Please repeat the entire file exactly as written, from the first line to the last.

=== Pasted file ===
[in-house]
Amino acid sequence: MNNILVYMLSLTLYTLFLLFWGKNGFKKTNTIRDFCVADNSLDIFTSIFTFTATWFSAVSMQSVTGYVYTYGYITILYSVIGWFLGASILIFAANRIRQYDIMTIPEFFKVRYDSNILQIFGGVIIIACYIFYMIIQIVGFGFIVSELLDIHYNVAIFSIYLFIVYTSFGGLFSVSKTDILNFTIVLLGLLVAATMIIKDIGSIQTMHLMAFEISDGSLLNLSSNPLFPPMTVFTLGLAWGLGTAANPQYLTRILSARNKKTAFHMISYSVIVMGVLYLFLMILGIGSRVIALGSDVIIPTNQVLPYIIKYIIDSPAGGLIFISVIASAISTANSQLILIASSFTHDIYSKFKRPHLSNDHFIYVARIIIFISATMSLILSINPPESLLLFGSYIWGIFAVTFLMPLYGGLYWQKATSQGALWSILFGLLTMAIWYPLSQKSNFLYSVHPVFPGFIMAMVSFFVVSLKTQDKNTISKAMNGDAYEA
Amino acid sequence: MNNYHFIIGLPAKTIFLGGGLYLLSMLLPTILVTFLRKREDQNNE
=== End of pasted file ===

[in-house]
Amino acid sequence: MNNILVYMLSLTLYTLFLLFWGKNGFKKTNTIRDFCVADNSLDIFTSIFTFTATWFSAVSMQSVTGYVYTYGYITILYSVIGWFLGASILIFAANRIRQYDIMTIPEFFKVRYDSNILQIFGGVIIIACYIFYMIIQIVGFGFIVSELLDIHYNVAIFSIYLFIVYTSFGGLFSVSKTDILNFTIVLLGLLVAATMIIKDIGSIQTMHLMAFEISDGSLLNLSSNPLFPPMTVFTLGLAWGLGTAANPQYLTRILSARNKKTAFHMISYSVIVMGVLYLFLMILGIGSRVIALGSDVIIPTNQVLPYIIKYIIDSPAGGLIFISVIASAISTANSQLILIASSFTHDIYSKFKRPHLSNDHFIYVARIIIFISATMSLILSINPPESLLLFGSYIWGIFAVTFLMPLYGGLYWQKATSQGALWSILFGLLTMAIWYPLSQKSNFLYSVHPVFPGFIMAMVSFFVVSLKTQDKNTISKAMNGDAYEA
Amino acid sequence: MNNYHFIIGLPAKTIFLGGGLYLLSMLLPTILVTFLRKREDQNNE